Egypt's interior minister survived an apparent assassination attempt on his motorcade in Cairo on Thursday. The country continues to be embroiled in violent clashes between loyalists to ousted President Morsi's Muslim Brotherhood and the military government, although the Muslim Brotherhood has denied any involvement in Thursday's attack.
The attack took place as Interior Minister Mohamed Ibrahim, who is in charge of the country's police force, traveled with his motorcade through Cairo's Nasr City district, where his official residence is located. A bomb exploded in Ibrahim's motorcade, and although Ibrahim was not harmed, at least 10 other people were injured, and police claim to have killed two of the attackers.
It is still unclear how the bomb was detonated; some media outlets are stipulating that the bomb was attached to a car, while others are saying it was thrown from a nearby building, landing in the center of the motorcade. The attack may have also involved a suicide bomber and additional shooters, but more will not be known until authorities are able to comb through the damage. Photos posted on social media websites show a large explosion area with charred vehicles and debris littering the streets.
Ibrahim spoke of the attempted assassination later in the day on state television, saying a "large-size explosive device" had badly damaged his black SUV, along with other vehicles in the motorcade.
"It was a heinous [assassination] attempt," Ibrahim later told reporters at the Interior Ministry in central Cairo, according to the Associated Press. Ibrahim added that the explosive device, weighing an estimated 110 pounds, was most likely detonated with a remote control. "Even if I am martyred, another minister of interior will come and continue the war on the evil terror until we secure the country," the interior minister added.
Ibrahim also said Thursday that he has been receiving death threats for the past several weeks, and they had been taken so seriously that Armed forces chief General Abdel Fattah al-Sisi had given Ibrahim an armored car days before the attack.
No insurgency group has taken credit for Thursday's attack, and both the radical Gamaa Islamiya insurgency group and a senior official of the Muslim Brotherhood publicly condemned the assassination attempt. "The bombing allegedly targeting the minister of interior today is regrettable and the alliance strongly condemns it," senior Muslim Brotherhood leader Amr Darrag said in a statement.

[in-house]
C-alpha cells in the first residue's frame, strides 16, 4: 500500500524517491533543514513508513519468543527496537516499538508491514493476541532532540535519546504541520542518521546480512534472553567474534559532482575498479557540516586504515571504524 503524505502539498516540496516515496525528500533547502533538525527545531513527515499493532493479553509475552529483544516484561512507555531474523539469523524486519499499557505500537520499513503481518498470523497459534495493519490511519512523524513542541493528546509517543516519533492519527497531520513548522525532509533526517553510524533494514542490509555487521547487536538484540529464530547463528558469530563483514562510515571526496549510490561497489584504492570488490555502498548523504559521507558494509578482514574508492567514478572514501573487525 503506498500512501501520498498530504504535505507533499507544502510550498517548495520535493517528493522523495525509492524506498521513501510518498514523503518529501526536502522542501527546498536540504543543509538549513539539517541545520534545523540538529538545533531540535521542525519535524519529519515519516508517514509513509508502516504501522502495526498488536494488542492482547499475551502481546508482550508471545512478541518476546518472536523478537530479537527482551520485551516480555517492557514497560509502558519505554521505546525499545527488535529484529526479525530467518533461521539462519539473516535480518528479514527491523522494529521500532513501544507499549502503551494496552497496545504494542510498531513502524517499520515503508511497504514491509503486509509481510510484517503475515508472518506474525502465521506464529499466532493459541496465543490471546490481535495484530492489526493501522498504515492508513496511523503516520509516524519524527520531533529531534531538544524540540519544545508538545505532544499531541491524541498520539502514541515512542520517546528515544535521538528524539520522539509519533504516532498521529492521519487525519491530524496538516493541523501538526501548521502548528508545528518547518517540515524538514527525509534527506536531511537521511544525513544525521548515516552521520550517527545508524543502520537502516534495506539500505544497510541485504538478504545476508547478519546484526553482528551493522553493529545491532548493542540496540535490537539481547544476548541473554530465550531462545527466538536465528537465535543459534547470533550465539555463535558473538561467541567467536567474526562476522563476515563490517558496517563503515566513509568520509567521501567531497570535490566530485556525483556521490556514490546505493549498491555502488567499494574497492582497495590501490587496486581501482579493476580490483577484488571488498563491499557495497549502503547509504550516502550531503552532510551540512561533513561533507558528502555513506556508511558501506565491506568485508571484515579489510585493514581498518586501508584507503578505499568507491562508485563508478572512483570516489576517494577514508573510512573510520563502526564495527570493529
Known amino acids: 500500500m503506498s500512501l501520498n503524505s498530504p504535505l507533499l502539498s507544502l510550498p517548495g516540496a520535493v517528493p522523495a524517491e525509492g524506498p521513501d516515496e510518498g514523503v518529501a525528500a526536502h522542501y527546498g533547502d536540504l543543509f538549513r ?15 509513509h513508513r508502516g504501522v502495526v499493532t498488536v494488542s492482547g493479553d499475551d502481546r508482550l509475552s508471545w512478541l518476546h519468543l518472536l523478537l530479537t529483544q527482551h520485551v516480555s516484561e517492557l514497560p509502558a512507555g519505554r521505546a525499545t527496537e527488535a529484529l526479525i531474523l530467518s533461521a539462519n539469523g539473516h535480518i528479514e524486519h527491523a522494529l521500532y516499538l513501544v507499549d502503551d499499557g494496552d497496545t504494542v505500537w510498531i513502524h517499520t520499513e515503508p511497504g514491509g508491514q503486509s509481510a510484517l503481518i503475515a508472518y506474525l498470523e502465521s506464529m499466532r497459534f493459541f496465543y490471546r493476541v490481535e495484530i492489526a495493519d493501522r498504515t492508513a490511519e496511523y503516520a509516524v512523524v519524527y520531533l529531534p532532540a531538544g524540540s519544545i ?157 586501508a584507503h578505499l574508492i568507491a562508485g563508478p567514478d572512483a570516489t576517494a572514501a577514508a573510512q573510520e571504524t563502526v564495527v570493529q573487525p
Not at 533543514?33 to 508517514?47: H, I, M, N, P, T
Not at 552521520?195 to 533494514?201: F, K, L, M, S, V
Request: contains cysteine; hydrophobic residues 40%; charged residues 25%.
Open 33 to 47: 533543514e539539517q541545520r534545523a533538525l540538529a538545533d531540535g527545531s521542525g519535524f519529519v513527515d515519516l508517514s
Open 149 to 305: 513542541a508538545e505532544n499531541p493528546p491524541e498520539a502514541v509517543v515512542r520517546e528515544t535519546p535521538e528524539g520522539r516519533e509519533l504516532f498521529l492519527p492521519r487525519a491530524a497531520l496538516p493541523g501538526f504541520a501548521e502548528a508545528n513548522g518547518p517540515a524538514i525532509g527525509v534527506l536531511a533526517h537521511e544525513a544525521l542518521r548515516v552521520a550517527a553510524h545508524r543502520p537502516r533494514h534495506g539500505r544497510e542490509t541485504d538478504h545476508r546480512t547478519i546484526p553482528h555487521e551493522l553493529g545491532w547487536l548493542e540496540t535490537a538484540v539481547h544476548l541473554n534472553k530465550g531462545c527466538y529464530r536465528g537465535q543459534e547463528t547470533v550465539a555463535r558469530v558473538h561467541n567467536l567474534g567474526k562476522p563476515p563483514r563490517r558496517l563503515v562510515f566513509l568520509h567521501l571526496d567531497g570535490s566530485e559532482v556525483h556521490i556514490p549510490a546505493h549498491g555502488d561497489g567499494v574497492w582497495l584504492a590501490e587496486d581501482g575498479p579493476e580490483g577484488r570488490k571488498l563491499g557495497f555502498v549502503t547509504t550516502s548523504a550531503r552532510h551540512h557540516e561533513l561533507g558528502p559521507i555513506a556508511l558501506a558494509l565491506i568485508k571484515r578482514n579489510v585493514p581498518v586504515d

As head of the country's police force, Ibrahim has been responsible for overseeing the interim government's violent crackdown on pro-Morsi supporters. Morsi, a member of the Muslim Brotherhood political party, was ousted from his presidency in early July. Morsi loyalists have since protested his ousting, and the interim government's military forces have participated in violent clashes, resulting in hundreds of casualties.
Morsi loyalists participated in a six-week long sit in protest against the military government in Nasr City, considered to be a hotspot for pro-Morsi protesters, earlier in August. Some of the Morsi supporters at the sit-in vowed to fight the government with al-Qaeda method insurgency attacks, such as car bombings.
On Thursday, Ibrahim warned that his attempted assassination was just the beginning of insurgency attacks against the military government in the country: "What happened today is not the end but the beginning," Ibrahim said. Egypt endured a wave of Islamic-inspired attacks during the 1980's and 1990's.
More than 900 of Morsi's supporters have been killed since the president's ousting, while about 100 security force members have also been killed. Morsi and other Muslim Brotherhood officials were arrested and taken to a disclosed location, after the ousting.